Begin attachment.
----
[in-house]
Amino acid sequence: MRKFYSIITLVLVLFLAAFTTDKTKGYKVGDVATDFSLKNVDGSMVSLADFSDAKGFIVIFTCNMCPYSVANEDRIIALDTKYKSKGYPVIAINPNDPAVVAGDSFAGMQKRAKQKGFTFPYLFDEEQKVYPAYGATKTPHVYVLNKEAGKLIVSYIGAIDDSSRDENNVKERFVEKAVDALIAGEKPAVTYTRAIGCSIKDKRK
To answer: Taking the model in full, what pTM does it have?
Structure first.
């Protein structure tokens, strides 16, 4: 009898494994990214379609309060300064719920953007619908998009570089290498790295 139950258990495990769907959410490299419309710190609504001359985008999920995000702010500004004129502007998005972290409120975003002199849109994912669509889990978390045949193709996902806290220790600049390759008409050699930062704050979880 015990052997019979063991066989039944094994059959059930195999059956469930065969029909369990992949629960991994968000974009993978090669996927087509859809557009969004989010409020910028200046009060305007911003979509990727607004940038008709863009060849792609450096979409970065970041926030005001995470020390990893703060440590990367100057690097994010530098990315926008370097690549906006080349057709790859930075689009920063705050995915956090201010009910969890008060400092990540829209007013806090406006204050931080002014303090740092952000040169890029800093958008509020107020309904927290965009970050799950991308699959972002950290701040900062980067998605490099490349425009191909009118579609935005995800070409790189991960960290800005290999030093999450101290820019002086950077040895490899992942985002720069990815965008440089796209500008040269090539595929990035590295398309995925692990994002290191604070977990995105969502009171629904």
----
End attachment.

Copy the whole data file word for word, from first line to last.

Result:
[in-house]
Amino acid sequence: MRKFYSIITLVLVLFLAAFTTDKTKGYKVGDVATDFSLKNVDGSMVSLADFSDAKGFIVIFTCNMCPYSVANEDRIIALDTKYKSKGYPVIAINPNDPAVVAGDSFAGMQKRAKQKGFTFPYLFDEEQKVYPAYGATKTPHVYVLNKEAGKLIVSYIGAIDDSSRDENNVKERFVEKAVDALIAGEKPAVTYTRAIGCSIKDKRK
To answer: Taking the model in full, what pTM does it have?
Structure first.
């Protein structure tokens, strides 16, 4: 009898494994990214379609309060300064719920953007619908998009570089290498790295 139950258990495990769907959410490299419309710190609504001359985008999920995000702010500004004129502007998005972290409120975003002199849109994912669509889990978390045949193709996902806290220790600049390759008409050699930062704050979880 015990052997019979063991066989039944094994059959059930195999059956469930065969029909369990992949629960991994968000974009993978090669996927087509859809557009969004989010409020910028200046009060305007911003979509990727607004940038008709863009060849792609450096979409970065970041926030005001995470020390990893703060440590990367100057690097994010530098990315926008370097690549906006080349057709790859930075689009920063705050995915956090201010009910969890008060400092990540829209007013806090406006204050931080002014303090740092952000040169890029800093958008509020107020309904927290965009970050799950991308699959972002950290701040900062980067998605490099490349425009191909009118579609935005995800070409790189991960960290800005290999030093999450101290820019002086950077040895490899992942985002720069990815965008440089796209500008040269090539595929990035590295398309995925692990994002290191604070977990995105969502009171629904």